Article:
NDSU guard Zack Johnson returns to team after injury
FARGO -- North Dakota State offensive guard Zack Johnson sat out last season to rehabilitate a surgically repaired knee, the result of an offseason injury. But watching his teammates from the sideline proved to be difficult for other areas of his...
FARGO - North Dakota State offensive guard Zack Johnson sat out last season to rehabilitate a surgically repaired knee, the result of an offseason injury. But watching his teammates from the sideline proved to be difficult for other areas of his body.
Most notably: breathing. NDSU had a couple of last-minute, potentially heartbreaking moments in the NCAA Division I FCS playoffs.
“I had a couple of heart attacks on the sideline,” he joked. “It was a little tougher than I thought it would be, but it was good to be there to support my teammates and help coach.”
On Monday, the 6-foot-4, 329-pound former second-team all-Missouri Valley Football Conference pick in 2013 was back in spring practice, although it wasn’t like riding a bike.
“A little rusty,” he said. “It’s been a while since I’ve been on the field but spring ball is going to help just to get back into it. Hopefully I’ll be 100 percent.”
He’s not there yet. The knee is perfectly fine, he said, but Johnson is dealing with some minor back issues. He’s full-go for spring practice, but he’s not at full strength.
Rust for an offensive lineman is not necessarily all physical. There are issues with timing, quarterback cadence, snap counts and technique.
“But all in all, obviously having a big football player who started that many games that can run and move like that is exciting,” said offensive line coach Conor Riley.
Johnson played in 13 games as a true freshman in 2012 and started all 15 games in 2013, which included an offensive lineman of the week honor in the Missouri Valley. He had 13 knockdowns and did not allow a quarterback sack, and the Bison averaged 6.7 yards per carry in a win against Youngstown State.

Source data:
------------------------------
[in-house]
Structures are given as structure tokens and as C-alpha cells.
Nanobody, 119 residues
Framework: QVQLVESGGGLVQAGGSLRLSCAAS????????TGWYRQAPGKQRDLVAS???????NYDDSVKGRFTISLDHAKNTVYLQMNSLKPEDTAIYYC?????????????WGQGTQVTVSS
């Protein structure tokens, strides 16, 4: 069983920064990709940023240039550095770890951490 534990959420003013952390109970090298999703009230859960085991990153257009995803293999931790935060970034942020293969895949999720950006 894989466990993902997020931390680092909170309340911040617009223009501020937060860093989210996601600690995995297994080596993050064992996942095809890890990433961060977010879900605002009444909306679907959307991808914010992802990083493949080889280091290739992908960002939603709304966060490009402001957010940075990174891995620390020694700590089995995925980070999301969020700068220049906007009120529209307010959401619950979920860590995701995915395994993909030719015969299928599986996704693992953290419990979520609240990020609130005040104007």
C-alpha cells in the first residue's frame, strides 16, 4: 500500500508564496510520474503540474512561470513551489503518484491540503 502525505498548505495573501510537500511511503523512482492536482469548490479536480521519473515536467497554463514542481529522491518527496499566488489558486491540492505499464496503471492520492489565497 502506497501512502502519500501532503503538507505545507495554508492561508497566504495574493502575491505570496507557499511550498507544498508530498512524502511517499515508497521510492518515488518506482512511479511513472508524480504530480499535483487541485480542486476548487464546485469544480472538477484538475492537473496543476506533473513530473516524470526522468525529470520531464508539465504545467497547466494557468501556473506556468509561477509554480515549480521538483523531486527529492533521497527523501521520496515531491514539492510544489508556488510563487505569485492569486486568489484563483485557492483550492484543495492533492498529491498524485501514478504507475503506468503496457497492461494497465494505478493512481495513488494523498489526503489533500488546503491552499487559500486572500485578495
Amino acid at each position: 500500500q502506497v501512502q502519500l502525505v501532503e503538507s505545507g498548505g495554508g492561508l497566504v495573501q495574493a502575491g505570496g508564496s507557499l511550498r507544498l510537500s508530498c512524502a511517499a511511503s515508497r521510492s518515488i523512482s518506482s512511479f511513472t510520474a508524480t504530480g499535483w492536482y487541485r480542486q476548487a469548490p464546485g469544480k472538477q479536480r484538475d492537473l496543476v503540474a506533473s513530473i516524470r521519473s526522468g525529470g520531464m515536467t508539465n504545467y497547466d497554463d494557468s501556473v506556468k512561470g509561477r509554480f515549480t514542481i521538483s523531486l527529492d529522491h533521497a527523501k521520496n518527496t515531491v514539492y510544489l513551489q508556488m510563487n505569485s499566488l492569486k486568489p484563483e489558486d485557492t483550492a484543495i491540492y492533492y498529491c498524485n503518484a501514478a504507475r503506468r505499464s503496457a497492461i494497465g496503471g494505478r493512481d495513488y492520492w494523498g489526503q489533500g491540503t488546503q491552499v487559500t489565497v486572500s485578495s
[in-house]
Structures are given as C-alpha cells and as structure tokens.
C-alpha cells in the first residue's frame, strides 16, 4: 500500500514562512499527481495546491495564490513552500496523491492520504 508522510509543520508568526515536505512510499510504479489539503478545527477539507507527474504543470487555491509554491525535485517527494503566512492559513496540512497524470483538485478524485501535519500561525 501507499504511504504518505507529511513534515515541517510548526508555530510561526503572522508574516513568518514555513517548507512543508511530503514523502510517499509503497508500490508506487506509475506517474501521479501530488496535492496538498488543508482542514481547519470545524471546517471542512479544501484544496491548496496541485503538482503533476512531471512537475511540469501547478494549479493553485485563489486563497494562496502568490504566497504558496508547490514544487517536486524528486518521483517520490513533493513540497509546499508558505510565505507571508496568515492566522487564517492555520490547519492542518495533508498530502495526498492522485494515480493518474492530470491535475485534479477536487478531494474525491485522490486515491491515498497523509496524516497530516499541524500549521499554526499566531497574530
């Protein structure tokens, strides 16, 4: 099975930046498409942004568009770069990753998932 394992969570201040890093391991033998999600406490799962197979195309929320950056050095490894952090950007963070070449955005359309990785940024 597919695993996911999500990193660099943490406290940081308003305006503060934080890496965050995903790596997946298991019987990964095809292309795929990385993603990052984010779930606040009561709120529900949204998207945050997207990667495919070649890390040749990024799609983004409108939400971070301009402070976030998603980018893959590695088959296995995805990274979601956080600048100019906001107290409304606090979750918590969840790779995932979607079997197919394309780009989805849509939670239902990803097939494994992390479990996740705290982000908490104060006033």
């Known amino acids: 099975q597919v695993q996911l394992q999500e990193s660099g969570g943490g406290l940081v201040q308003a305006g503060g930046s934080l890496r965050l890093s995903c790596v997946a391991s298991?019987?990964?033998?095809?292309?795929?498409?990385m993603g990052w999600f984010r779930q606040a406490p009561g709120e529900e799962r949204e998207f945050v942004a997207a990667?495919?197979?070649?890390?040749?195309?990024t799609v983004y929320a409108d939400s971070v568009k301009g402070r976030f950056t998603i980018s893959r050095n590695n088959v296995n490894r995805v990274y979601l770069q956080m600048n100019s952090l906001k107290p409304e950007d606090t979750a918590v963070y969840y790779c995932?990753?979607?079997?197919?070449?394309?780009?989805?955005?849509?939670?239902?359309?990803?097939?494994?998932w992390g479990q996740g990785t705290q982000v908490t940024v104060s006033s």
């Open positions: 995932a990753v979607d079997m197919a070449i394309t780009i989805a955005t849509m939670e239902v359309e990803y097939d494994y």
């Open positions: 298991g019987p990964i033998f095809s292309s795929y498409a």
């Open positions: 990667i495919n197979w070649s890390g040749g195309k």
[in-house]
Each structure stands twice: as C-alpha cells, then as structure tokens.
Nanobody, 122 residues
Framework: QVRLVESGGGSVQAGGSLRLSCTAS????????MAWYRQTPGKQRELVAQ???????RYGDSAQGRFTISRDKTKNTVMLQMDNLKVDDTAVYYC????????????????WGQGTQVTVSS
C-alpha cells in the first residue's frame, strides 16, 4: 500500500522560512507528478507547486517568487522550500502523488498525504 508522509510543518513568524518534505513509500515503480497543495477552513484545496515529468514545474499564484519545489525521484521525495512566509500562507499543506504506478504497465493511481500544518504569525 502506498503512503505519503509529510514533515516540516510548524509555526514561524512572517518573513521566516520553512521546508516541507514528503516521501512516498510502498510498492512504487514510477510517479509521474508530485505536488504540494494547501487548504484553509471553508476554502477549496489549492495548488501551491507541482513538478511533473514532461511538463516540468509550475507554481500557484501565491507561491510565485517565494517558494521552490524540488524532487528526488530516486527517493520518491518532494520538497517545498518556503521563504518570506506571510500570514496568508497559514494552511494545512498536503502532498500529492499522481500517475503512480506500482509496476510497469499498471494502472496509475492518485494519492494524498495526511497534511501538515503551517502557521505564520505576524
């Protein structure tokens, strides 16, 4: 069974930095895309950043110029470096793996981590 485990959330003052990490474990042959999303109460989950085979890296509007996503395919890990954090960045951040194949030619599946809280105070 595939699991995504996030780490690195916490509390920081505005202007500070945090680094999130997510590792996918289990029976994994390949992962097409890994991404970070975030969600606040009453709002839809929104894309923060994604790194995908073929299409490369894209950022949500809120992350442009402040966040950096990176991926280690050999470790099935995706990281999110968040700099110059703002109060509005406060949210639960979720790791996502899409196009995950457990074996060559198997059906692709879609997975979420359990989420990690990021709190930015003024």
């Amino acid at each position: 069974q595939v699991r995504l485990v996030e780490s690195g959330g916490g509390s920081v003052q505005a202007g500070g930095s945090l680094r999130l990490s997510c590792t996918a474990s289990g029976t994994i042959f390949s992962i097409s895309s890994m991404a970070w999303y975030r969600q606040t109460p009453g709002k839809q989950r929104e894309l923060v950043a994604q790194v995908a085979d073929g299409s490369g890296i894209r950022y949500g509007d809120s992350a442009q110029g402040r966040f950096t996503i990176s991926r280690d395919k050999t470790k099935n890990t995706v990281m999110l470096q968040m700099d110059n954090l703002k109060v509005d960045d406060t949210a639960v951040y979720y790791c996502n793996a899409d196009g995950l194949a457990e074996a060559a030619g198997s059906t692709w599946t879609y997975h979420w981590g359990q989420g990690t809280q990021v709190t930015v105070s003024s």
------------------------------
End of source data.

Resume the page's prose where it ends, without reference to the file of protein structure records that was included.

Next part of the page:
His setback came on the first day of summer conditioning. He busted out of his three-point stance “and a piece of cartilage just broke off,” he said.
“It was game over from there,” Johnson said.
NDSU toyed with him returning at some point in mid- to late-season, but the decision was made before the season opener to shelve him for the season. He joined center Josh Colville as returning starters out for the season. Colville ended his career with aggravating injuries and also helped out as a student coach.
“You turn around and see two guys who started a ton of football games and helped us win a lot of games that you knew wouldn’t be playing,” Riley said. “But our philosophy doesn’t change. Man down, man up. All these kids are recruited for a reason, and that is for them to step up and to take advantage of their opportunity, and I think our guys have done a good job of that.”
Austin Kuhnert took advantage of Johnson’s absence, getting several starts to help NDSU to a fourth consecutive FCS national title. Now a sophomore, Kuhnert has moved to center to replace Jesse Hinz, and he would have gone there regardless had Johnson come back or not, Riley said.
With the loss of several key players on defense, the Bison are hoping the veteran presence on the offensive line will help take the pressure off six new defensive starters.
“The potential we have is unreal,” Johnson said, “but only if we can get everything down. If we do, there’s no doubt we can be one of the best offensive lines in the country.”